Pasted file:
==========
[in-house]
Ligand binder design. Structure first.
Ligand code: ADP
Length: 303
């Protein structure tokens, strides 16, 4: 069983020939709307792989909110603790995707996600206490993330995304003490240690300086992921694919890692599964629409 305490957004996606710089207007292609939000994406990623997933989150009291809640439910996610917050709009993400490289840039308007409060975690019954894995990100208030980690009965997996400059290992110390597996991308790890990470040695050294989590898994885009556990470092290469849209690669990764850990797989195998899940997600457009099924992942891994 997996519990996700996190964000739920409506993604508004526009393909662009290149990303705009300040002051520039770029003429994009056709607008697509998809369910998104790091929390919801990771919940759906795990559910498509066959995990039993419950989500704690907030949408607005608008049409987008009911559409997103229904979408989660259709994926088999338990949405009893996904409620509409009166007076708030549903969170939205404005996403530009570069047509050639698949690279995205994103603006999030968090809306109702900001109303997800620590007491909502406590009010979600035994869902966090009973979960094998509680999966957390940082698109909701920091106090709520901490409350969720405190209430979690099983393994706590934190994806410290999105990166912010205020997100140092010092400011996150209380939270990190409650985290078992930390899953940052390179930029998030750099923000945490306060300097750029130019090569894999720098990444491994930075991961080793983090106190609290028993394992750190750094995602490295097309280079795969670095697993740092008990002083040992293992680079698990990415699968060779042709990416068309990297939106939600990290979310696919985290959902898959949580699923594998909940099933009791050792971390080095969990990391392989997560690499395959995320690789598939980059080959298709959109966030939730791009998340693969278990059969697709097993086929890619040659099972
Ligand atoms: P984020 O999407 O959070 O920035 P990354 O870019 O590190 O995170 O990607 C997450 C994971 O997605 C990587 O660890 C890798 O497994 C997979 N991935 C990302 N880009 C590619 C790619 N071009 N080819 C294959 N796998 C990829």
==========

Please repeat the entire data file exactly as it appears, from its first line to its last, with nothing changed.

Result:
[in-house]
Ligand binder design. Structure first.
Ligand code: ADP
Length: 303
């Protein structure tokens, strides 16, 4: 069983020939709307792989909110603790995707996600206490993330995304003490240690300086992921694919890692599964629409 305490957004996606710089207007292609939000994406990623997933989150009291809640439910996610917050709009993400490289840039308007409060975690019954894995990100208030980690009965997996400059290992110390597996991308790890990470040695050294989590898994885009556990470092290469849209690669990764850990797989195998899940997600457009099924992942891994 997996519990996700996190964000739920409506993604508004526009393909662009290149990303705009300040002051520039770029003429994009056709607008697509998809369910998104790091929390919801990771919940759906795990559910498509066959995990039993419950989500704690907030949408607005608008049409987008009911559409997103229904979408989660259709994926088999338990949405009893996904409620509409009166007076708030549903969170939205404005996403530009570069047509050639698949690279995205994103603006999030968090809306109702900001109303997800620590007491909502406590009010979600035994869902966090009973979960094998509680999966957390940082698109909701920091106090709520901490409350969720405190209430979690099983393994706590934190994806410290999105990166912010205020997100140092010092400011996150209380939270990190409650985290078992930390899953940052390179930029998030750099923000945490306060300097750029130019090569894999720098990444491994930075991961080793983090106190609290028993394992750190750094995602490295097309280079795969670095697993740092008990002083040992293992680079698990990415699968060779042709990416068309990297939106939600990290979310696919985290959902898959949580699923594998909940099933009791050792971390080095969990990391392989997560690499395959995320690789598939980059080959298709959109966030939730791009998340693969278990059969697709097993086929890619040659099972
Ligand atoms: P984020 O999407 O959070 O920035 P990354 O870019 O590190 O995170 O990607 C997450 C994971 O997605 C990587 O660890 C890798 O497994 C997979 N991935 C990302 N880009 C590619 C790619 N071009 N080819 C294959 N796998 C990829």